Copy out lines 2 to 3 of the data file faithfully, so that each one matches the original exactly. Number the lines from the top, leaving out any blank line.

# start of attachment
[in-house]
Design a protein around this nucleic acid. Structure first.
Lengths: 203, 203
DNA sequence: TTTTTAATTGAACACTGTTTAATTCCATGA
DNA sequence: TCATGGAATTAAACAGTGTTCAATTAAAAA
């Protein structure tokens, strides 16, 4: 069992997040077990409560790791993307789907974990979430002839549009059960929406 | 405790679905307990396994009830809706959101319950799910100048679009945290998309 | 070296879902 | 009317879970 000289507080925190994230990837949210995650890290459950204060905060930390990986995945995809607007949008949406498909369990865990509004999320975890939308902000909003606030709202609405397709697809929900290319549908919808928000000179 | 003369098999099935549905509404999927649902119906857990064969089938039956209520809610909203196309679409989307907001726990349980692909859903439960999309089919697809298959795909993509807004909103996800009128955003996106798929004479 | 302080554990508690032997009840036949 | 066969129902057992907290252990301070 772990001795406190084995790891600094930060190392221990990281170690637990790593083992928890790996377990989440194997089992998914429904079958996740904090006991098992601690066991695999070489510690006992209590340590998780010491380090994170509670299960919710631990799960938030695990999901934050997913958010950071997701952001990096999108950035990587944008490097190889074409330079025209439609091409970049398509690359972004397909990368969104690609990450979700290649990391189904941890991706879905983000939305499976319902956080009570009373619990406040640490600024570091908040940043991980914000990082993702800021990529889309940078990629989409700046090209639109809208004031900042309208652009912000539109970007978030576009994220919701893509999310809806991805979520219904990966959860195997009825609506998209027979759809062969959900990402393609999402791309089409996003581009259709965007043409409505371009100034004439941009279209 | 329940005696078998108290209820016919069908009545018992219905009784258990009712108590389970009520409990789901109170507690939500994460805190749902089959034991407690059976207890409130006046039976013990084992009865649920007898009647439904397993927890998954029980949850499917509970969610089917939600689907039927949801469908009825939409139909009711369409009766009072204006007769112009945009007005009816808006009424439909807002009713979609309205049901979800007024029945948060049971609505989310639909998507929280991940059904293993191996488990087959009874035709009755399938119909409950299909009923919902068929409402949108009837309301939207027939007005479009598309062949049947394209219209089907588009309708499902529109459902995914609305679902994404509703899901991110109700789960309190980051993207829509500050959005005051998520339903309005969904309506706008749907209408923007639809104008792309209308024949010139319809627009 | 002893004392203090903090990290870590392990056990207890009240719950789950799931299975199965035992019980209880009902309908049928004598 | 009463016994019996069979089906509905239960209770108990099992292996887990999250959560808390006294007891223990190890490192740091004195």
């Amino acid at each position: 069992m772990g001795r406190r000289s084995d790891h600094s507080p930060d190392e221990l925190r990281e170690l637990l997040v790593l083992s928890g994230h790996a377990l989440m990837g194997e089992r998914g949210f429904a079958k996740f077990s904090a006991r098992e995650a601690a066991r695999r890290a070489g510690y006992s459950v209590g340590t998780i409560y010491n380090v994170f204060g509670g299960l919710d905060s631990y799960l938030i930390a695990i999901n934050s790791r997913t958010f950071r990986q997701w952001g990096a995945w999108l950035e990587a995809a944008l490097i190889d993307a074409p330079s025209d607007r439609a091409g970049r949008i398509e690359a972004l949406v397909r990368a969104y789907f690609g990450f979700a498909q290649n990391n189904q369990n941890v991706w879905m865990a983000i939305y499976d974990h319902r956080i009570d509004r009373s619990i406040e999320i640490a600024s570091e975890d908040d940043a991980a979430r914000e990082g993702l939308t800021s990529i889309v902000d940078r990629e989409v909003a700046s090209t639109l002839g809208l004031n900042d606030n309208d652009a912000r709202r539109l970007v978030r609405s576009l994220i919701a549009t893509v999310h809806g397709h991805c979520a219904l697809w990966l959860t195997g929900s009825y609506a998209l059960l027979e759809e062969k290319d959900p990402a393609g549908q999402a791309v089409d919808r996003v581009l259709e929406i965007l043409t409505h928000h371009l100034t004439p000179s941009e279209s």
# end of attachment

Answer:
Design a protein around this nucleic acid. Structure first.
Lengths: 203, 203